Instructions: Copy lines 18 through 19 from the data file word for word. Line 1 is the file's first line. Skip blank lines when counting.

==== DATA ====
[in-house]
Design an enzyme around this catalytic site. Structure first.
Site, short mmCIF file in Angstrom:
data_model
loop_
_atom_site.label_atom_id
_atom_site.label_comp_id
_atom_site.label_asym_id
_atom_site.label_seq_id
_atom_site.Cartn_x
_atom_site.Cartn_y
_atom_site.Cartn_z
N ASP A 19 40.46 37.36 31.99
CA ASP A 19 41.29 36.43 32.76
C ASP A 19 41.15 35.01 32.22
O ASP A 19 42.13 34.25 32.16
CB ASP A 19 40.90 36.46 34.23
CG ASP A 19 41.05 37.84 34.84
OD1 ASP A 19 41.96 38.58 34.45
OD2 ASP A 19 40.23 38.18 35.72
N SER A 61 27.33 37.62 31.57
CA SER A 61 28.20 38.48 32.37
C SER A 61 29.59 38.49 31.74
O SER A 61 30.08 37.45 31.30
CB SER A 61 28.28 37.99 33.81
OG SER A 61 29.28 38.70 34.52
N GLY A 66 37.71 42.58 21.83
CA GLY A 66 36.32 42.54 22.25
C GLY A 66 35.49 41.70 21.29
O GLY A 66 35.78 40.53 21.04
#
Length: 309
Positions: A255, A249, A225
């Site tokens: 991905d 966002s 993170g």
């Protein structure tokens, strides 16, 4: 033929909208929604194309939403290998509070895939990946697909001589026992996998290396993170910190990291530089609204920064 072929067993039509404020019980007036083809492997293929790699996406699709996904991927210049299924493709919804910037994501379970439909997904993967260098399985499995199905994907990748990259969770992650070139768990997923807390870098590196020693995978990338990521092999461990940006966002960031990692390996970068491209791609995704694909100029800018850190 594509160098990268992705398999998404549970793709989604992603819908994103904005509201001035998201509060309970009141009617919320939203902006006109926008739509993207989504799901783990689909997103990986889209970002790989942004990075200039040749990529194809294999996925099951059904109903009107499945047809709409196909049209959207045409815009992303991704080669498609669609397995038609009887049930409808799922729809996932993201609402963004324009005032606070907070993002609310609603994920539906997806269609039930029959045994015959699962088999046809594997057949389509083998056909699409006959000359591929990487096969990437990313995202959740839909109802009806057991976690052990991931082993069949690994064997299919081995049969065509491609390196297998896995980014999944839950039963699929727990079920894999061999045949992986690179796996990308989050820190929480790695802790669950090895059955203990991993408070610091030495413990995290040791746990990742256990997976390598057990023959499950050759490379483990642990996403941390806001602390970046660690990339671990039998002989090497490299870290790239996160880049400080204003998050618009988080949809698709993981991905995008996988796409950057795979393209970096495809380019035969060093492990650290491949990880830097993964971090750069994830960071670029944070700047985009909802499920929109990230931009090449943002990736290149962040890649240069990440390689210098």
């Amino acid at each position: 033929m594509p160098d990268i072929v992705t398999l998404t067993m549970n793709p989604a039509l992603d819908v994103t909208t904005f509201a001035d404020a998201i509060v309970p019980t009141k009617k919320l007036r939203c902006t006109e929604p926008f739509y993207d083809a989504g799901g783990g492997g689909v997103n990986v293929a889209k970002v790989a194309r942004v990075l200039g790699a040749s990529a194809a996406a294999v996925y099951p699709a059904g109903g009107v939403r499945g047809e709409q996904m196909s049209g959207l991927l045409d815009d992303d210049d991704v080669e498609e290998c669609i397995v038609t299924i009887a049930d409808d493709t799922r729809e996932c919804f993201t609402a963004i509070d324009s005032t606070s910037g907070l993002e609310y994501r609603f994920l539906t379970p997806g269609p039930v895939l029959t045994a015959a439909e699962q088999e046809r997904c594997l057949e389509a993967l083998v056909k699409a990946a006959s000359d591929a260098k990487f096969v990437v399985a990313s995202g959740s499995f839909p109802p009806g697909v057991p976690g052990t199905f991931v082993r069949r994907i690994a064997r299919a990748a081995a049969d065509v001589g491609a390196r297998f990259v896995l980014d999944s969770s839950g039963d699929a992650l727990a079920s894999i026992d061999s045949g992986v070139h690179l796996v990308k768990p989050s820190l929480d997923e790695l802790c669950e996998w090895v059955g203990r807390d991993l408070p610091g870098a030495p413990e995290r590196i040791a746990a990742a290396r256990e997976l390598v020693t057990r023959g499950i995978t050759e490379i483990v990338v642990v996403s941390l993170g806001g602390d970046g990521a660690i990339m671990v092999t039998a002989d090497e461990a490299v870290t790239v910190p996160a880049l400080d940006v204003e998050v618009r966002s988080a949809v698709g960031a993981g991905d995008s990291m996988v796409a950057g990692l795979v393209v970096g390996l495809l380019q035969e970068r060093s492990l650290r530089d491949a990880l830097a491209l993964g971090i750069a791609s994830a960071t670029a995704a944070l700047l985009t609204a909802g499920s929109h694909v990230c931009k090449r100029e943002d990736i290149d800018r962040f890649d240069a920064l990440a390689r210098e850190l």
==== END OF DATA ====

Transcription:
CG ASP A 19 41.05 37.84 34.84
OD1 ASP A 19 41.96 38.58 34.45